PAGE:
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People v. Jones

September 20, 2001

THE PEOPLE OF THE STATE OF ILLINOIS, APPELLEE
v.
ROBERT D. JONES, APPELLANT



The opinion of the court was delivered by: Justice Kilbride

Docket No. 90282-Agenda 40-May 2001.

This appeal arises from the second trial of defendant, Robert Jones, for the murder of Dr. Henry Dickerman. The State charged that defendant murdered Dr. Dickerman in August 1992. Following an initial jury trial and guilty verdict, defendant appealed, arguing that the trial court admitted statements made during plea negotiations that should have been excluded pursuant to Supreme Court Rule 402(f) (177 Ill. 2d R. 402(f)). The appellate court agreed and remanded for a new trial. People v. Jones, 4-96-0855 (1998) (unpublished order under Supreme Court Rule 23).

On remand, the jury again found defendant guilty of first degree murder (720 ILCS 5/9-1 (West 2000)) and defendant appealed. With one justice dissenting, the appellate court affirmed. 315 Ill. App. 3d 500. Defendant now appeals to this court, arguing that (1) the trial court improperly ruled on a motion for substitution of judge; (2) the trial court failed to bar additional statements made during the course of plea negotiations; (3) the trial court erred by refusing to instruct the jury on involuntary manslaughter; (4) the State failed to prove a material element of the crime; (5) the trial court improperly allowed the State to amend the charges against him; and (6) his conviction should be overturned pursuant to Apprendi v. New Jersey, 530 U.S. 466, 147 L. Ed. 2d 435, 120 S. Ct. 2348 (2000). We reverse and remand with respect to the first issue and therefore we need not address the others.

I. BACKGROUND

In July 1992, Dr. Dickerman hired defendant to repair and paint his house. Work on Dr. Dickerman's house continued into August. On August 12, 1992, when Dr. Dickerman failed to attend his weekly bridge game, his friends went to his house to check on him. Dr. Dickerman was not home. His friends noticed nothing unusual in the house except that his car was missing from the garage. The next day, they returned with Dr. Dickerman's cousin. Again, they searched the house to no avail. Police similarly searched the house and found no signs of forced entry or foul play.

Dr. Dickerman remained missing. Police eventually learned that several checks were missing from the doctor's checkbook. An ensuing investigation indicated that defendant had deposited several checks against Dr. Dickerman's account, including one for $4,200.

On September 5, 1992, hikers found Dr. Dickerman's partially decomposed body at the bottom of a cliff in Missouri. Dr. Dickerman's car was later located in St. Louis at the Lambert Airport's long-term parking lot.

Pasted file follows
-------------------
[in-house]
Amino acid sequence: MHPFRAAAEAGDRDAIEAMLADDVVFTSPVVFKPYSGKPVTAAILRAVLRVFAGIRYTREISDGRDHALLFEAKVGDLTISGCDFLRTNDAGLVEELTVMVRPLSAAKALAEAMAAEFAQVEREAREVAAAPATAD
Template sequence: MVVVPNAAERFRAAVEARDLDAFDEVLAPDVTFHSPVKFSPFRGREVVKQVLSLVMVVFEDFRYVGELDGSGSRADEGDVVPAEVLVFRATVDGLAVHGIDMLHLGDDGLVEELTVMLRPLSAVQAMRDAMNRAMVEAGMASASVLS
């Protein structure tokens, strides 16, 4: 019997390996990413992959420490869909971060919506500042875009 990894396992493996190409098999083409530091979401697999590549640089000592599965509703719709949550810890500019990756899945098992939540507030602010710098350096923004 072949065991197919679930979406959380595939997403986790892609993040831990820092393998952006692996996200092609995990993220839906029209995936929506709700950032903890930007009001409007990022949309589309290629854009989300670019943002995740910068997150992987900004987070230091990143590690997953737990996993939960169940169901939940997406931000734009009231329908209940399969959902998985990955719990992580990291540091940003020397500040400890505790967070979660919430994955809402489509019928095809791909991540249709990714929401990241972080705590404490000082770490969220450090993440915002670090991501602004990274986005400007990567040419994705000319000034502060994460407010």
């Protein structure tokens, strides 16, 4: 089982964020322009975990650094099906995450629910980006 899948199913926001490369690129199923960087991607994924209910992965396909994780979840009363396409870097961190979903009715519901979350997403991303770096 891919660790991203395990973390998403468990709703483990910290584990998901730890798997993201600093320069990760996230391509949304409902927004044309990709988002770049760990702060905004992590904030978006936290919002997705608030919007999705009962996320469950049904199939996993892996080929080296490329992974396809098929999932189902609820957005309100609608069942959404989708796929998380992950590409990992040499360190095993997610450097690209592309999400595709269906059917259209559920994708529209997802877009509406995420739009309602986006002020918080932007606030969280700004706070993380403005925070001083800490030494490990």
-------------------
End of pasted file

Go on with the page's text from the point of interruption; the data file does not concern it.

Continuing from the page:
Investigators searched for defendant and finally located him in October 1992. During the course of their investigation, law enforcement officers interviewed defendant a number of times, including on October 6, 1992, July 12, 1993, July 27, 1994, August 3, 1994, August 15, 1994, and August 16, 1994.

Defendant was eventually charged with forgery. He pleaded guilty and was imprisoned. The investigation into Dr. Dickerman's death continued.

In August 1994, the State charged defendant with murder. In August 1996, following an initial jury trial and guilty verdict, Judge Leo J. Zappa sentenced defendant to 85 years in prison. On appeal, defendant argued, inter alia, that the trial court erred in admitting his August 15, 1994, statements into evidence because it was made during the course of plea negotiations and therefore violated Supreme Court Rule 402(f) (177 Ill. 2d R. 402(f)). Defendant's August 15, 1994, statements stemmed from the July 27, 1994, interview, when defendant asked the detectives to inform the State's Attorney that he would plead guilty to involuntary manslaughter in return for a 10-year sentence. When detectives returned to meet with defendant on August 15, 1994, they asked defendant to write out exactly what deal he would be willing to accept. Defendant wrote out a two-page statement setting forth the deal he would accept, and that statement was ultimately read into evidence at trial. Although the investigators told defendant they could not negotiate a guilty plea, they indicated that they would relay the information to the State's Attorney's office. The appellate court concluded that defendant's two-page, handwritten, August 15, 1994, statement clearly demonstrated his willingness to plead guilty in exchange for concessions and was a plea-related statement inadmissible pursuant to Rule 402(f). People v. Jones, No. 4-96-0855 (1998) (unpublished order under Supreme Court Rule 23). That decision is not at issue here.

On March 27, 1998, the State filed a notice of new trial before Judge Zappa. On March 30, 1998, defendant submitted a motion for automatic substitution of judge pursuant to section 114-5(a) of the Code of Criminal Procedure of 1963 (Code) (725 ILCS 5/114-5(a) (West 1998)). Judge Zappa denied this motion as untimely. On April 8, 2001, defendant filed a motion for substitution for cause pursuant to section 114-5(d) of the Code (725 ILCS 5/114-5(d) (West 1998)), alleging in part that Judge Zappa displayed hostility toward him at the close of his initial trial. Rather than transferring defendant's motion to another judge, Judge Zappa denied it as untimely.

Defendant also filed a motion to suppress, arguing that the July 27, 1994, and August 16, 1994, interviews were inadmissible pursuant to Supreme Court Rule 402(f). The trial court denied defendant's motion, finding that defendant's failure to challenge the July 27, 1994, and August 16, 1994, interviews during his first appeal precluded a subsequent challenge on remand.

In June 1998, a jury again convicted defendant of first degree murder. The trial court sentenced him to 85 years in prison. The appellate ...


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